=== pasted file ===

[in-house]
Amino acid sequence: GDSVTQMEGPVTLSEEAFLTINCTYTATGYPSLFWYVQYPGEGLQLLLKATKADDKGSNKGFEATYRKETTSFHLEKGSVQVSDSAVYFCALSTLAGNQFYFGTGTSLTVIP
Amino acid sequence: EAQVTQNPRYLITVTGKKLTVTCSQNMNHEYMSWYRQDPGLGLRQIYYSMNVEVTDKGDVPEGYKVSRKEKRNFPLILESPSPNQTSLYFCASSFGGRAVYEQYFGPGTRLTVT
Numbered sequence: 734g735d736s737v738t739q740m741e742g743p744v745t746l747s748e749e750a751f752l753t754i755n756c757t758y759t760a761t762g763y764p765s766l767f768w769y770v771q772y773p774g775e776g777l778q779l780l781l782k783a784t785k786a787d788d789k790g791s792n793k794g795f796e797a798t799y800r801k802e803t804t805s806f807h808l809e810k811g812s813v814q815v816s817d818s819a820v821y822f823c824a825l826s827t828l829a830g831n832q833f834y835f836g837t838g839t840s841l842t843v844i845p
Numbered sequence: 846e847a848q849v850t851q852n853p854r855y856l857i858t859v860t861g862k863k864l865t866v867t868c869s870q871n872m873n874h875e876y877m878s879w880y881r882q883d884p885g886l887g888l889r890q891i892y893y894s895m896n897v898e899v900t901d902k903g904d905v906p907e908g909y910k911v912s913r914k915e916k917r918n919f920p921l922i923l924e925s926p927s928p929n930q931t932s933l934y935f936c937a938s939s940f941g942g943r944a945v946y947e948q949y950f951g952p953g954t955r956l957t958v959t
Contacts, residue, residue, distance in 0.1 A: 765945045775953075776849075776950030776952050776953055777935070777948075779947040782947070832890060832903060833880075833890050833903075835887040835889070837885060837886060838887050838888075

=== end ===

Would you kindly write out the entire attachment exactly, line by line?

[in-house]
Amino acid sequence: GDSVTQMEGPVTLSEEAFLTINCTYTATGYPSLFWYVQYPGEGLQLLLKATKADDKGSNKGFEATYRKETTSFHLEKGSVQVSDSAVYFCALSTLAGNQFYFGTGTSLTVIP
Amino acid sequence: EAQVTQNPRYLITVTGKKLTVTCSQNMNHEYMSWYRQDPGLGLRQIYYSMNVEVTDKGDVPEGYKVSRKEKRNFPLILESPSPNQTSLYFCASSFGGRAVYEQYFGPGTRLTVT
Numbered sequence: 734g735d736s737v738t739q740m741e742g743p744v745t746l747s748e749e750a751f752l753t754i755n756c757t758y759t760a761t762g763y764p765s766l767f768w769y770v771q772y773p774g775e776g777l778q779l780l781l782k783a784t785k786a787d788d789k790g791s792n793k794g795f796e797a798t799y800r801k802e803t804t805s806f807h808l809e810k811g812s813v814q815v816s817d818s819a820v821y822f823c824a825l826s827t828l829a830g831n832q833f834y835f836g837t838g839t840s841l842t843v844i845p
Numbered sequence: 846e847a848q849v850t851q852n853p854r855y856l857i858t859v860t861g862k863k864l865t866v867t868c869s870q871n872m873n874h875e876y877m878s879w880y881r882q883d884p885g886l887g888l889r890q891i892y893y894s895m896n897v898e899v900t901d902k903g904d905v906p907e908g909y910k911v912s913r914k915e916k917r918n919f920p921l922i923l924e925s926p927s928p929n930q931t932s933l934y935f936c937a938s939s940f941g942g943r944a945v946y947e948q949y950f951g952p953g954t955r956l957t958v959t
Contacts, residue, residue, distance in 0.1 A: 765945045775953075776849075776950030776952050776953055777935070777948075779947040782947070832890060832903060833880075833890050833903075835887040835889070837885060837886060838887050838888075